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I Found My Horn
Published on Wednesday, 12 May 2010

I recommend you book tickets now for this hugely entertaining, funny and engaging play, which Brighton is privileged to see performed again twice on 23 May.

Jasper Rees hits 40, and responds to a ‘has my life come to this’ stage – prompted by his divorce – by picking up again the French horn he played as a boy. Based on Rees’s book of the same title, the play tells the story of his new lease of life, through an exploration of a childhood in which playing the horn featured large. Jonathan Guy Lewis’s brave and unabashed performance is a persuasive pitch for the fulfilment to be found in fresh pursuit of a creative challenge.

Play the French horn wouldn’t be everyone’s choice… but no matter.  I’d be surprised if anyone felt excluded; Lewis was utterly confident in his delivery, combining eye contact with members of the audience (so that I felt he was performing to me personally) with a distance sufficient to produce a brave and unselfconscious performance. This is an awesome talent, admittedly useful to an actor who was revealed by the opening spotlight to be standing in his underwear clutching the horn to his crotch. There is nothing which is cheap about this stunt, by the way; the ease with which Lewis presented his vulnerability made me feel I was in safe hands, and settle into the performance with more than an idle curiosity.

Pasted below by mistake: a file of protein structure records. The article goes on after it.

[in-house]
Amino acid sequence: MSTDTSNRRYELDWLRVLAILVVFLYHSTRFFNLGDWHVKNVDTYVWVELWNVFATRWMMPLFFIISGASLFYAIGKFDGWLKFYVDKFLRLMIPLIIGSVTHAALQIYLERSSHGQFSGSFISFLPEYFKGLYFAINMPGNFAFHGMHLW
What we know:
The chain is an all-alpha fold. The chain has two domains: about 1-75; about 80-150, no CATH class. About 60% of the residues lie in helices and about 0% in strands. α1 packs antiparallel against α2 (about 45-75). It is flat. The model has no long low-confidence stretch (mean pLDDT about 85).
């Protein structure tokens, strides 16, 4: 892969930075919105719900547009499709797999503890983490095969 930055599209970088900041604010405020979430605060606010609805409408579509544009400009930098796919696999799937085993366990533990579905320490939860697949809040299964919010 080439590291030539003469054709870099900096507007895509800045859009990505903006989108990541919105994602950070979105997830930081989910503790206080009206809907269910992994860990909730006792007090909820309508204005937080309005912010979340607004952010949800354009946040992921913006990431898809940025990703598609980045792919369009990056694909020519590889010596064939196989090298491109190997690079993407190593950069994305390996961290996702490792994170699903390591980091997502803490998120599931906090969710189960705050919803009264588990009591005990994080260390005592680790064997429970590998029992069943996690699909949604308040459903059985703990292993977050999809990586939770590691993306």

Rees energetically performed single-handed, displaying admirable skill in his character impersonation. With a bare minimum of props he became his 12 year old ‘am I bovvered’ son, his rather posh childhood music teacher and enthusiastic leader of horn camp. Each character was totally believable and convincing, and might actually have been on stage with the youthful and the adult Reeses, also performed by Lewis with aplomb.  The music which is at the centre of the play also provides the background soundtrack, to pleasing Sunday-afternoon effect.

We grow up experiencing the joy of learning new skills; too often we become serious adults, who forget our creative talents and deny ourselves such joy. I say, see this play and use Rees’s rite of passage to rekindle an old flame of your own.  Or go along for a laugh and a thoroughly enjoyable piece of sheer entertainment. The ticket price is higher than some other recommended performances – but all proceeds go to Maternity Worldwide’s efforts to save women’s lives in countries with high rates of death in childbirth.

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These are archived reviews of shows from Brighton 2010.  We keep our archives online as a courtesy to performers, and for readers who'd like to research previous years' reviews.